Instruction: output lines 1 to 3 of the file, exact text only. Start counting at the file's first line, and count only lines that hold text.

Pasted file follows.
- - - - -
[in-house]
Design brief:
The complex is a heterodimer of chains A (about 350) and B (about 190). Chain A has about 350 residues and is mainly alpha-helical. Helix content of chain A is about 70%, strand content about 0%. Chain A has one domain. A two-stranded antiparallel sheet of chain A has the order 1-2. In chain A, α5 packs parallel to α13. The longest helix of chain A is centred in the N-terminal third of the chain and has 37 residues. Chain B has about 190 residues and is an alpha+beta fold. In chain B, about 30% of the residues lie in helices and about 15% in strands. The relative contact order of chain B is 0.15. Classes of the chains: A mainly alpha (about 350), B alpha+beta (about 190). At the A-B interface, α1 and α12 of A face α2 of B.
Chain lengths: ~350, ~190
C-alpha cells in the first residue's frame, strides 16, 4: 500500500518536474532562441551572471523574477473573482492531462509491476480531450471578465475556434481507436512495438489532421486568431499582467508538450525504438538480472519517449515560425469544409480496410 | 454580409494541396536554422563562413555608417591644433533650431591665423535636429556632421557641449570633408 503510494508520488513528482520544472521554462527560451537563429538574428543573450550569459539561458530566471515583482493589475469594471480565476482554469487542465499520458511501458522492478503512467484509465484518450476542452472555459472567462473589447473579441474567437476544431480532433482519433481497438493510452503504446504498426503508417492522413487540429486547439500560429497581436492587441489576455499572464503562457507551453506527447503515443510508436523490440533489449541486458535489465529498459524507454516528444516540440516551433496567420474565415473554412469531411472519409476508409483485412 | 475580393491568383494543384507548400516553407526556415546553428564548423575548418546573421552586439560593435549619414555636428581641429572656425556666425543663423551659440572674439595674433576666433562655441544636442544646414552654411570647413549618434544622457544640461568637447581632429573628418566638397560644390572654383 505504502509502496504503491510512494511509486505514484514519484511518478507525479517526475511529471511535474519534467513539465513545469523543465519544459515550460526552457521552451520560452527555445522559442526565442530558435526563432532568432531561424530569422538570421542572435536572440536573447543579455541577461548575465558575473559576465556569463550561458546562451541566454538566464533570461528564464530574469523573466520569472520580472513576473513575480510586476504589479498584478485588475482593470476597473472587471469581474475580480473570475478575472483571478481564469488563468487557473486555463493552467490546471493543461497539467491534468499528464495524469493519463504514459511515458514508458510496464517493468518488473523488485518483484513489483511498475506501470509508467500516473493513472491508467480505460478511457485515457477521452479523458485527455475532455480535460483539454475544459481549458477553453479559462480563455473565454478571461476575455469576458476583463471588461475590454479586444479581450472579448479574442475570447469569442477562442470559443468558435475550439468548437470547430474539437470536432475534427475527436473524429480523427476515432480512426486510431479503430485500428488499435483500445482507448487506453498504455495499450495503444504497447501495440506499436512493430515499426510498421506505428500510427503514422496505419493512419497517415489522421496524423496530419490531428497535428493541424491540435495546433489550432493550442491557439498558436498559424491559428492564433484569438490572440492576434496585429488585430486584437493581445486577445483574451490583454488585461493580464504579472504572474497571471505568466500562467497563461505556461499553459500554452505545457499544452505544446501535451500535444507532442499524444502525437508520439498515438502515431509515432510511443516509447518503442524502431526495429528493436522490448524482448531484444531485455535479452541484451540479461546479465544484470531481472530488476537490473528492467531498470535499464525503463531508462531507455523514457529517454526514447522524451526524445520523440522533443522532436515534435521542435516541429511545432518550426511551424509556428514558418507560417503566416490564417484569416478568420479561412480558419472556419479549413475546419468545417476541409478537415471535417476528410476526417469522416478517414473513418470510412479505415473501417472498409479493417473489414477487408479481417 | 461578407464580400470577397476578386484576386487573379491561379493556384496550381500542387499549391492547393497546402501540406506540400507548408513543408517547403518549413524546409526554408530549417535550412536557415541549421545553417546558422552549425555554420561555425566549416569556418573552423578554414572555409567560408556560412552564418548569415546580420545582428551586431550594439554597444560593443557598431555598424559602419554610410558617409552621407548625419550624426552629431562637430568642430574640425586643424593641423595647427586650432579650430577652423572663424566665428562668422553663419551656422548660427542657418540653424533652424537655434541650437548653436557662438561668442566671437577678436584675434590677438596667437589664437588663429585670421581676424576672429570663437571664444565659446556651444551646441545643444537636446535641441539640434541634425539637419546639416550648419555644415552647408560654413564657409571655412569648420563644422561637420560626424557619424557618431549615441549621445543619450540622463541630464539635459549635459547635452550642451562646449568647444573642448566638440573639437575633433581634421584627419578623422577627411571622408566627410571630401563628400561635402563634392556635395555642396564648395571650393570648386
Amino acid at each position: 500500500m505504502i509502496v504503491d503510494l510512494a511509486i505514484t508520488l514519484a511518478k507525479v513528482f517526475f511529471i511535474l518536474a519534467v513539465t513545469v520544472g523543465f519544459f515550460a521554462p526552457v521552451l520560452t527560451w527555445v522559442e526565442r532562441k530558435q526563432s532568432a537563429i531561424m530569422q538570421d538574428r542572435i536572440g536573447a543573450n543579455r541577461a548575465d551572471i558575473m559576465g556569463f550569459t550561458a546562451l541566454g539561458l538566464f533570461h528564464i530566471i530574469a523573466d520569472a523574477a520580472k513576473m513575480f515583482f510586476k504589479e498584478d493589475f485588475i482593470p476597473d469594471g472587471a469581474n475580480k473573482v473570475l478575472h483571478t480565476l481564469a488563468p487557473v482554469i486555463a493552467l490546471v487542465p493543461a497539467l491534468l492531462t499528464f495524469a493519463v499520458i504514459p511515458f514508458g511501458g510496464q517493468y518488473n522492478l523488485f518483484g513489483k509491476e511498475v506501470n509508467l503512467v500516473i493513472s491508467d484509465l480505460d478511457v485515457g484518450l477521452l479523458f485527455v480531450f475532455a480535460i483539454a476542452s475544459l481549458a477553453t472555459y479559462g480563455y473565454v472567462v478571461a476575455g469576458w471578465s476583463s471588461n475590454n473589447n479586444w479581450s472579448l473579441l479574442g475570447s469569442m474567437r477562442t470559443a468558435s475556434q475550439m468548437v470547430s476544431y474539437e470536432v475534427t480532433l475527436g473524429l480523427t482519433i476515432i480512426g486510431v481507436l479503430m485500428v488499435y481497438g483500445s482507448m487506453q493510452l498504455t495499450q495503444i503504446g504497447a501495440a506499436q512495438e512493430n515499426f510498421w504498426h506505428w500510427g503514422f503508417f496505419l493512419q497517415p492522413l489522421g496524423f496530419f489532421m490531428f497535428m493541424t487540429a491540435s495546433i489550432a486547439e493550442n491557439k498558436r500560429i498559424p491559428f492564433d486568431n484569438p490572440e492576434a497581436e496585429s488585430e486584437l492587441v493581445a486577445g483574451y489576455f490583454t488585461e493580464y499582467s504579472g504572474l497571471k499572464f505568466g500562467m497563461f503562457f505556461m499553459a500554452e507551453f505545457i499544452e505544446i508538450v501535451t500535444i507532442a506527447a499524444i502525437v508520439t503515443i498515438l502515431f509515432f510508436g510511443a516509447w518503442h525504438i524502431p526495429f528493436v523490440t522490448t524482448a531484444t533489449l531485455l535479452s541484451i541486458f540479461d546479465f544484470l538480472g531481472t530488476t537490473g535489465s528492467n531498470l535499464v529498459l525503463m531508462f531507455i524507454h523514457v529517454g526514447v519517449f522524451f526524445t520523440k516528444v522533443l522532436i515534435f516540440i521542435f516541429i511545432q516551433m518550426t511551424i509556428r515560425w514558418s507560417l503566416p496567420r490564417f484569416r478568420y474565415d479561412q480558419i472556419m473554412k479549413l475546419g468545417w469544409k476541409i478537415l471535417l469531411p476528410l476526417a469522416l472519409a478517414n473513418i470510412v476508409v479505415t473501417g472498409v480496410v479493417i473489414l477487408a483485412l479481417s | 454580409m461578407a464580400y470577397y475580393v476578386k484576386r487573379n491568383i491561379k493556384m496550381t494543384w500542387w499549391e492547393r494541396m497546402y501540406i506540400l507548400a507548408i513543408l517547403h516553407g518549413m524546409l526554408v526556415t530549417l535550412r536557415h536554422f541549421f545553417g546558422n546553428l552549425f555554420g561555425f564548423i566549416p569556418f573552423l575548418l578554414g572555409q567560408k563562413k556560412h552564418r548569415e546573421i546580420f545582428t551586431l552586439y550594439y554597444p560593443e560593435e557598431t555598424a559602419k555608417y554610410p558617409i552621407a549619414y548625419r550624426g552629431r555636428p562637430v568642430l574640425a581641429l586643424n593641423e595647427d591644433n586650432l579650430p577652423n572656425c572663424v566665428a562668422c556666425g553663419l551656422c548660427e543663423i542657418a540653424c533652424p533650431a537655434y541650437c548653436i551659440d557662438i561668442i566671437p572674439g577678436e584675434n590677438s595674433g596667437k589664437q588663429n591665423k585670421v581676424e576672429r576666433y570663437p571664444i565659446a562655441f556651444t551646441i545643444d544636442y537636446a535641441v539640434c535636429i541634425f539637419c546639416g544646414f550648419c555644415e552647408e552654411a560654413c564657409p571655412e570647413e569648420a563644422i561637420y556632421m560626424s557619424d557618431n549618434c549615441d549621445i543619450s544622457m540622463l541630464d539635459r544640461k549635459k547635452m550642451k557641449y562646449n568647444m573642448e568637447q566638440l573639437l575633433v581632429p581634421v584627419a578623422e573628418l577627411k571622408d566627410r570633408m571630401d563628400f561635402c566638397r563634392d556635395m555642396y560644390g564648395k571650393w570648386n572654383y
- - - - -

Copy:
[in-house]
Design brief:
The complex is a heterodimer of chains A (about 350) and B (about 190). Chain A has about 350 residues and is mainly alpha-helical. Helix content of chain A is about 70%, strand content about 0%. Chain A has one domain. A two-stranded antiparallel sheet of chain A has the order 1-2. In chain A, α5 packs parallel to α13. The longest helix of chain A is centred in the N-terminal third of the chain and has 37 residues. Chain B has about 190 residues and is an alpha+beta fold. In chain B, about 30% of the residues lie in helices and about 15% in strands. The relative contact order of chain B is 0.15. Classes of the chains: A mainly alpha (about 350), B alpha+beta (about 190). At the A-B interface, α1 and α12 of A face α2 of B.